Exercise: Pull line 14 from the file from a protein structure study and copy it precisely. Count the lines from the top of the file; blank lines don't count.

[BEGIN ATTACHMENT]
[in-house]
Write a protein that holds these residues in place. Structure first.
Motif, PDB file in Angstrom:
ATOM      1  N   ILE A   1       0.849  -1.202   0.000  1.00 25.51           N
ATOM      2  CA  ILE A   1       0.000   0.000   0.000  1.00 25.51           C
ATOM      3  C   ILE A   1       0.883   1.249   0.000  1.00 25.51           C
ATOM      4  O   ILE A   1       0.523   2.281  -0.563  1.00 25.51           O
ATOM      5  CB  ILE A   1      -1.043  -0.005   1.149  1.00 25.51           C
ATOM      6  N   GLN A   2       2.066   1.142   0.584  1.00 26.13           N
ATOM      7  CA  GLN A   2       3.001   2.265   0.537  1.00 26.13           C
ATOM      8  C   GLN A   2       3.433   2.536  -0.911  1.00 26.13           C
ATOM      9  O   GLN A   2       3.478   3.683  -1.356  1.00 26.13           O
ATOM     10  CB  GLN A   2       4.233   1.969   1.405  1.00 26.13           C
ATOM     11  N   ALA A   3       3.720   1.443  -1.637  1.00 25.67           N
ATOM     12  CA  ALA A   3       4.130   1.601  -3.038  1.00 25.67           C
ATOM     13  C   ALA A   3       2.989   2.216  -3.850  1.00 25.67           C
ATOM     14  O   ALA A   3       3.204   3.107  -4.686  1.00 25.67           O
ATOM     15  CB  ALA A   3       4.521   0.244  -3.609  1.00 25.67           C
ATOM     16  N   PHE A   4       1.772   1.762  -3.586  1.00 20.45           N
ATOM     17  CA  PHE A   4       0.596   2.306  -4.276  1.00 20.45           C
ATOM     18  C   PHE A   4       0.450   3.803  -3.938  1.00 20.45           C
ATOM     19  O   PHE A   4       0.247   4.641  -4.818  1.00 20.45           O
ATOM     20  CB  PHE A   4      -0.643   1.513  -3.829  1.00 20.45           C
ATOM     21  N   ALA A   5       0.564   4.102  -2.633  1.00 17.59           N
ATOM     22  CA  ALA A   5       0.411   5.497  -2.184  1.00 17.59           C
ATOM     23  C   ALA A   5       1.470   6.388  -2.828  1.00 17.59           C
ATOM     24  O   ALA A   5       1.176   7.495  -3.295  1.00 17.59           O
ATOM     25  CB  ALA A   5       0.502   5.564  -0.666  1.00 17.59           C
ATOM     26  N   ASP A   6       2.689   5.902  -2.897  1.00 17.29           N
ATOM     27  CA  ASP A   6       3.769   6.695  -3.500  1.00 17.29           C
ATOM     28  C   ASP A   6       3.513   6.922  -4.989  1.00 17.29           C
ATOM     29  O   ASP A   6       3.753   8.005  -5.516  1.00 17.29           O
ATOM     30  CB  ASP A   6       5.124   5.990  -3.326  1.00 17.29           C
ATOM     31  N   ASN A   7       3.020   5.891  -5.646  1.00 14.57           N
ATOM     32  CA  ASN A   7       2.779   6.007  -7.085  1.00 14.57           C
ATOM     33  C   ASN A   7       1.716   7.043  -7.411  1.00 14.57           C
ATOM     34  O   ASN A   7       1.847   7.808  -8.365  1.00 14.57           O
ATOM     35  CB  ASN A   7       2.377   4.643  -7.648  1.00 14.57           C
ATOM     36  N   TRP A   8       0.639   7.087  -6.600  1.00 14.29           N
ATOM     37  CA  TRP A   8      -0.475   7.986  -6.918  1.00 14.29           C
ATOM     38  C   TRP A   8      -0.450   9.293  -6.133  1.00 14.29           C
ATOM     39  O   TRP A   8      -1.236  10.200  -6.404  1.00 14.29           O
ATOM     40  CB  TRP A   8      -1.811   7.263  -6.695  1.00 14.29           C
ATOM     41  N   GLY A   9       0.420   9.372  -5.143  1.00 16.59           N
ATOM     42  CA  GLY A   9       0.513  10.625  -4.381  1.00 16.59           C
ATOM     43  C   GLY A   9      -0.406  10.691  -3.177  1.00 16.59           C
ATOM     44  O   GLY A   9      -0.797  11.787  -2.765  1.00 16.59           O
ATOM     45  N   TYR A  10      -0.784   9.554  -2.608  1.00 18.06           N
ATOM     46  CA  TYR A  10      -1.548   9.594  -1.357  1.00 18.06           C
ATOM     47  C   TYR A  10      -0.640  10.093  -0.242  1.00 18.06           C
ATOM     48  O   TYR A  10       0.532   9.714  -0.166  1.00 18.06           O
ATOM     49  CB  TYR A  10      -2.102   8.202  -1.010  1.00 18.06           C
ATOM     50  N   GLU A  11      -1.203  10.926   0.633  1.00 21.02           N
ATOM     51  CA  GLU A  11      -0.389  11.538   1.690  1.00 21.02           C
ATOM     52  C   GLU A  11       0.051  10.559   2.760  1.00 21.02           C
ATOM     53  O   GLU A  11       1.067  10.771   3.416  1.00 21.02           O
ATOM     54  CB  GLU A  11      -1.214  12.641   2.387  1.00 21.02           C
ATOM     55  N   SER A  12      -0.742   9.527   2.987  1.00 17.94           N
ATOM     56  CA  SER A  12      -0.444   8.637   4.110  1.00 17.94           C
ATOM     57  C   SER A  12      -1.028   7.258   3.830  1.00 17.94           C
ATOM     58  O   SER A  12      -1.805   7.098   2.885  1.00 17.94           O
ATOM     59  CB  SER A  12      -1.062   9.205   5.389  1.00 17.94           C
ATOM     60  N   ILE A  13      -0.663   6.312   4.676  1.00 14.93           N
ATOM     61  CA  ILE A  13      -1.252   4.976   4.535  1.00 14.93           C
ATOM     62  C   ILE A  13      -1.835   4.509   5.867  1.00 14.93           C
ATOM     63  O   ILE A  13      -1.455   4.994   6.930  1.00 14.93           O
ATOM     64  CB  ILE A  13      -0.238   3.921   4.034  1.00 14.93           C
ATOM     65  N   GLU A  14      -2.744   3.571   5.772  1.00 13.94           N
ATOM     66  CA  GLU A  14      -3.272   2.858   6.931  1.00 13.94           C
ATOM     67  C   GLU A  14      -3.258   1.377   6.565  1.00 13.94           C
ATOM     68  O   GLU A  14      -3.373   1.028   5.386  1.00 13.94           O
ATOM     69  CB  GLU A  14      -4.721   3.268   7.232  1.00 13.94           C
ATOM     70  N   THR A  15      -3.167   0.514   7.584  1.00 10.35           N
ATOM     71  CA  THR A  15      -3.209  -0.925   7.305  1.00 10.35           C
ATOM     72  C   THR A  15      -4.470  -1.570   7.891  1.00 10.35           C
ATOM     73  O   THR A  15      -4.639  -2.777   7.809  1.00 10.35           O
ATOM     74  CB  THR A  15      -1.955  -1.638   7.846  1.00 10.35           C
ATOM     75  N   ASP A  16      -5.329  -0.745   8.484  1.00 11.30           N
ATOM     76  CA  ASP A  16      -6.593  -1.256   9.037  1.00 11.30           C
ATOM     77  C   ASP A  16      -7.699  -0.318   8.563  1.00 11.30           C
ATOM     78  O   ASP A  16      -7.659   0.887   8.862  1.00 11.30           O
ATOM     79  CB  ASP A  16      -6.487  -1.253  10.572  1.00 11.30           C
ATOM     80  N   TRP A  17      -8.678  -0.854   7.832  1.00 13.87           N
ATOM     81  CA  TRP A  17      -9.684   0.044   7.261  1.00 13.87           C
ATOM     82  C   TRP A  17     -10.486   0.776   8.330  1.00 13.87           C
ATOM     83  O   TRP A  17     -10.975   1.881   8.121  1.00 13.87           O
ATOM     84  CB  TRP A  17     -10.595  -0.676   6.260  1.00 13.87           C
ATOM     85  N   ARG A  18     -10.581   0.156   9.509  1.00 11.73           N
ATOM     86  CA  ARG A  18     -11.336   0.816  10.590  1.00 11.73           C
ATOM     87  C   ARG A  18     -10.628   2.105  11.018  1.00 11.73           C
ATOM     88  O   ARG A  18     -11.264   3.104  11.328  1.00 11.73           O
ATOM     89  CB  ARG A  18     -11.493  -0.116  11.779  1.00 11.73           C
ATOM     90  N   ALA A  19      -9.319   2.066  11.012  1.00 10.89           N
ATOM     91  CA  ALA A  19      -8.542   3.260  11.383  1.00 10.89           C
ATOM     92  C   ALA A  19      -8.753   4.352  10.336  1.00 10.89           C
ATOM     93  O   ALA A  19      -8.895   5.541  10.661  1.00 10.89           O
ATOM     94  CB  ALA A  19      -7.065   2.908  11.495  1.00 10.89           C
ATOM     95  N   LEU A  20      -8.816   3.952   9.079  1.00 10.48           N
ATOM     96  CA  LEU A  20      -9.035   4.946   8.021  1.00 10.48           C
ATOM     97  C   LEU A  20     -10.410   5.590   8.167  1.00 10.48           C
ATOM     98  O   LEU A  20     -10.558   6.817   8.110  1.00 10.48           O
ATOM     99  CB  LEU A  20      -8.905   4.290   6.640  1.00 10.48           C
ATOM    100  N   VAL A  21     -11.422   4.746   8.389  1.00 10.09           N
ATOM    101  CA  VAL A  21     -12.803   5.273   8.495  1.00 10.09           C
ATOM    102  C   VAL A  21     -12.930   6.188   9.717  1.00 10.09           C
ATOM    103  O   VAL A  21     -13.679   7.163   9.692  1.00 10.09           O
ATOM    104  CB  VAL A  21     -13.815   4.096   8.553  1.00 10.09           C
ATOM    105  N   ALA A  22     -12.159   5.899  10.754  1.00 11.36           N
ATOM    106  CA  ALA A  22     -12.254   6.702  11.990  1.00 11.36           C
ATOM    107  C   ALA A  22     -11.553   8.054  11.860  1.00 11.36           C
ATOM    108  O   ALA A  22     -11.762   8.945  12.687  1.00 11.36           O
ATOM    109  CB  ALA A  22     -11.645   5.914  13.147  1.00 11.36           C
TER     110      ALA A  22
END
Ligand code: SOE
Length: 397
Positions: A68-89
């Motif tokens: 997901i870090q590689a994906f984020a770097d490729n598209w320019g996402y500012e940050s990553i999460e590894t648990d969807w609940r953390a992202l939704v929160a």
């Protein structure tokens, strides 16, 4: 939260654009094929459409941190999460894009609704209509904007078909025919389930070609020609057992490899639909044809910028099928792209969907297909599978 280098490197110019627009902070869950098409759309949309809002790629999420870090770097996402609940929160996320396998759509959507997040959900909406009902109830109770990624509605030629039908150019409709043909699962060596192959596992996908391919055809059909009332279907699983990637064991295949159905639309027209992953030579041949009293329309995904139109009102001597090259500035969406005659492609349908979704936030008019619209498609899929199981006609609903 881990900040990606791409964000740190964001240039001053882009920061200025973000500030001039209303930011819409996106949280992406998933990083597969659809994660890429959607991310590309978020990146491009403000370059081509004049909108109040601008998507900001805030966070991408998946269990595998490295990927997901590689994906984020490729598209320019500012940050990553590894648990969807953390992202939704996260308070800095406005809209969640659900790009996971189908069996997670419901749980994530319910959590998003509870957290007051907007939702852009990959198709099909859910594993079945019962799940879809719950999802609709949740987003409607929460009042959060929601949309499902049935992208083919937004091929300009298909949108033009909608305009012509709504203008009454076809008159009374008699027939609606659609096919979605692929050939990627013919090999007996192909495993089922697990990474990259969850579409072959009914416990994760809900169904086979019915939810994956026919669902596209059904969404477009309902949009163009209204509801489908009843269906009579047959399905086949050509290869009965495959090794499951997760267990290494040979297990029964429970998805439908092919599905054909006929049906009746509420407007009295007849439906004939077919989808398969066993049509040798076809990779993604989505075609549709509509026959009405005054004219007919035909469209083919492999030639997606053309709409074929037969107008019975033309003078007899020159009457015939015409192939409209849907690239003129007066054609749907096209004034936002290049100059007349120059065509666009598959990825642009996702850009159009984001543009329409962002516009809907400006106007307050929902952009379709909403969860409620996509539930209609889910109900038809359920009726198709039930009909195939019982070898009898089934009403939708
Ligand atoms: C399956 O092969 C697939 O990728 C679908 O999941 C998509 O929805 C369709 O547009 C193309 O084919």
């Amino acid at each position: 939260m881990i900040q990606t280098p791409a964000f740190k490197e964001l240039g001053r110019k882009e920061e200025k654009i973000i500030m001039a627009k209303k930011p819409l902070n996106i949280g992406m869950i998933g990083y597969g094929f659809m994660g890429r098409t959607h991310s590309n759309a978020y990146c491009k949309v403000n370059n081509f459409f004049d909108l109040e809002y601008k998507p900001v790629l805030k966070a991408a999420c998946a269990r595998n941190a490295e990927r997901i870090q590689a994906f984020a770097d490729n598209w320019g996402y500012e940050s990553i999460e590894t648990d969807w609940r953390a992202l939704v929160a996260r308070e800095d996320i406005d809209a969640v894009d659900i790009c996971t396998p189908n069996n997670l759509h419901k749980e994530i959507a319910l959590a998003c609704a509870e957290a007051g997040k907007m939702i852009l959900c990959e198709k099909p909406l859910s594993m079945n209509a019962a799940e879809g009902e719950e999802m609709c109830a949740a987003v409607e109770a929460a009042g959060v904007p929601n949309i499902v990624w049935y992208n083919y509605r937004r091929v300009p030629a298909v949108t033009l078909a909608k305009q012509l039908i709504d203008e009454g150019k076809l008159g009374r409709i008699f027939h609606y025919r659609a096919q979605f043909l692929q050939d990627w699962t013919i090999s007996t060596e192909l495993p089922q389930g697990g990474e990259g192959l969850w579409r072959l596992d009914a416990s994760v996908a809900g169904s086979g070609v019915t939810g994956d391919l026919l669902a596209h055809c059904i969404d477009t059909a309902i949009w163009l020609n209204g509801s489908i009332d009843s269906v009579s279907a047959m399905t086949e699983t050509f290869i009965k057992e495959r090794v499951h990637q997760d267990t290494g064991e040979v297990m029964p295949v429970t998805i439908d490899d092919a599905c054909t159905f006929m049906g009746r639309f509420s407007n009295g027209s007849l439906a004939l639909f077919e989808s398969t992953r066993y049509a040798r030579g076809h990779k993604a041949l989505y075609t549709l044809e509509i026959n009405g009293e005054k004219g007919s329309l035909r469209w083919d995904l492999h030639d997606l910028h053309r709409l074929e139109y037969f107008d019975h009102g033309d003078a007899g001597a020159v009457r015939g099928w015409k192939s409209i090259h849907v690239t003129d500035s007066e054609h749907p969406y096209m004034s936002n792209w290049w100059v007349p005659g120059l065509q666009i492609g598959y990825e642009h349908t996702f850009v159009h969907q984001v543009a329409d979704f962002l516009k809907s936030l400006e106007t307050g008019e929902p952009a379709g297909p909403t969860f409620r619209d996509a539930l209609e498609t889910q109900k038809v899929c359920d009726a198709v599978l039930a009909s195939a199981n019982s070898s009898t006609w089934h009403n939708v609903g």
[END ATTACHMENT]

ATOM     11  N   ALA A   3       3.720   1.443  -1.637  1.00 25.67           N